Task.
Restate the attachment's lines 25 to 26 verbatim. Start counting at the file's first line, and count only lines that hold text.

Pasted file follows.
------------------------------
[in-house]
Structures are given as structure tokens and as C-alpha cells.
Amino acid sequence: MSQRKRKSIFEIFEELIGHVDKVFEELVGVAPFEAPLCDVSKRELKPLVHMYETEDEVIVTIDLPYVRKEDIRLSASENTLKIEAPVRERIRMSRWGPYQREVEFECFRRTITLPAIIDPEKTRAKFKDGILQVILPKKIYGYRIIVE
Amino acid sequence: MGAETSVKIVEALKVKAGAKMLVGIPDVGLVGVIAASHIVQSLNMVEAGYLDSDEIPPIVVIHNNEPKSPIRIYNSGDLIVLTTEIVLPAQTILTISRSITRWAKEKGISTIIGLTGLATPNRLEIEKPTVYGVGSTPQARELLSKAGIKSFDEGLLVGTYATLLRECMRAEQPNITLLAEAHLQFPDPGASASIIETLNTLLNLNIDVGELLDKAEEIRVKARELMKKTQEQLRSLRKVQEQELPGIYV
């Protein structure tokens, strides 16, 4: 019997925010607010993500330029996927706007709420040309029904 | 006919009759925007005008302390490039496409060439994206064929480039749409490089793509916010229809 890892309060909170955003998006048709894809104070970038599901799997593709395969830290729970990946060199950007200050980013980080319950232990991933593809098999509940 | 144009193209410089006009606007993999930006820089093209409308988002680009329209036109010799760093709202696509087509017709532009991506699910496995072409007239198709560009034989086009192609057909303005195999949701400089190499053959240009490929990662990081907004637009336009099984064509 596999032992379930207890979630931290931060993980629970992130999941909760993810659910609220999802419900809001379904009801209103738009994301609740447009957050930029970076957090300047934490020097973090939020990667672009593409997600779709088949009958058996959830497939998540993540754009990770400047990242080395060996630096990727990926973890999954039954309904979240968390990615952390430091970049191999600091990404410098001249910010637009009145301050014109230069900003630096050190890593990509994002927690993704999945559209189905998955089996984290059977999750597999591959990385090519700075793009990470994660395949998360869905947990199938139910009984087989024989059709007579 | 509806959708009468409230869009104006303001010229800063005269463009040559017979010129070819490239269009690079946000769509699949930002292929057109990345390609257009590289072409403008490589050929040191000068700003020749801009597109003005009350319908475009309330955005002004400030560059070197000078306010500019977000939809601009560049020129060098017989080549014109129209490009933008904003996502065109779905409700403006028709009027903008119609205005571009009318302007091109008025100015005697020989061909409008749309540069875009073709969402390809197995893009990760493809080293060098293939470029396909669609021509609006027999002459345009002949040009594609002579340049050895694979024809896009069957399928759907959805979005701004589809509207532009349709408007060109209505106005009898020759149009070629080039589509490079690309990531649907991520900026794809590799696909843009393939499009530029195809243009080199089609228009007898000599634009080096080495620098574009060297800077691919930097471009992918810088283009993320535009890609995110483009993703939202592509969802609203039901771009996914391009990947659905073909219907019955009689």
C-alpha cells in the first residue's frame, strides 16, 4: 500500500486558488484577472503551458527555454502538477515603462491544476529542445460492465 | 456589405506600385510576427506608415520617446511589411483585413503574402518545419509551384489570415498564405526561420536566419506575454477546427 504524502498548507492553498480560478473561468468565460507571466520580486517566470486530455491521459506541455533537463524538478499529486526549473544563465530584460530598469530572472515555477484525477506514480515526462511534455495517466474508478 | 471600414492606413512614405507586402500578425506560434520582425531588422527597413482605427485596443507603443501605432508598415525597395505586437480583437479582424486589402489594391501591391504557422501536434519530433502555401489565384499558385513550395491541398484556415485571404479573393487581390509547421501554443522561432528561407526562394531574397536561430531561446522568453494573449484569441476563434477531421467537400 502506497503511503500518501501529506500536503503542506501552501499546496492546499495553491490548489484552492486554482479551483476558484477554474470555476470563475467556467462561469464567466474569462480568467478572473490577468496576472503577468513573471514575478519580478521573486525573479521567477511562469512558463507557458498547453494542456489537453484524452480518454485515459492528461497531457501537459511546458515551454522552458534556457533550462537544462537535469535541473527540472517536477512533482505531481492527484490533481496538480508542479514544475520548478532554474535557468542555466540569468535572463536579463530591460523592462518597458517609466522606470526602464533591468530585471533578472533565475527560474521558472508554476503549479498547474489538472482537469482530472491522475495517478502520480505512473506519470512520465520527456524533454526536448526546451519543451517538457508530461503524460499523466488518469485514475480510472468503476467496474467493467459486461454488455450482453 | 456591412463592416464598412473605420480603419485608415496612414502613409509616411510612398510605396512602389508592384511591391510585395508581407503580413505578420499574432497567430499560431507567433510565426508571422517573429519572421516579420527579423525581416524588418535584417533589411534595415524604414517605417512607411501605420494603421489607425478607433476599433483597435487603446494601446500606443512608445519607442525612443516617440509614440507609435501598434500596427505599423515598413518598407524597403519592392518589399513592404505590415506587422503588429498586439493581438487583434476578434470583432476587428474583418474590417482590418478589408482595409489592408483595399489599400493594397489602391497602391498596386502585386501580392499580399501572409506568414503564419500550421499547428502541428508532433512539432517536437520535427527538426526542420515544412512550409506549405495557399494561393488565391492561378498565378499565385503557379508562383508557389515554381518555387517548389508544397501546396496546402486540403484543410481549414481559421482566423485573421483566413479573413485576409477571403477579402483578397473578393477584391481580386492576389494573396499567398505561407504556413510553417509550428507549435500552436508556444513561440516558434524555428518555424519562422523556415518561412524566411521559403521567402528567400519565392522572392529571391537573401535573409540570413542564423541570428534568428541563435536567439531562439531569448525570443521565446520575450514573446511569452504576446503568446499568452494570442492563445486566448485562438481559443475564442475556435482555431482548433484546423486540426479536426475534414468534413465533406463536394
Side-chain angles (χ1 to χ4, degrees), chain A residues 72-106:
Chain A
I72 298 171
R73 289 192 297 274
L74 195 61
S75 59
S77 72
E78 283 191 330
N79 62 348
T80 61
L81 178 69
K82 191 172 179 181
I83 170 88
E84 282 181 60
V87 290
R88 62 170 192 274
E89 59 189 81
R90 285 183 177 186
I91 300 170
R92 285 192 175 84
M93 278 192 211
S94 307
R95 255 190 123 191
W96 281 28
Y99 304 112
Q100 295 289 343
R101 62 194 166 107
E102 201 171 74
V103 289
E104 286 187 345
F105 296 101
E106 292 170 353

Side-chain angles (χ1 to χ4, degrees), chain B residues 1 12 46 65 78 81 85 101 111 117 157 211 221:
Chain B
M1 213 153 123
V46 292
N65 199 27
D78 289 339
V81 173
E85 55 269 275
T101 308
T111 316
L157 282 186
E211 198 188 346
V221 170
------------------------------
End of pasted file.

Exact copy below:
I91 300 170
R92 285 192 175 84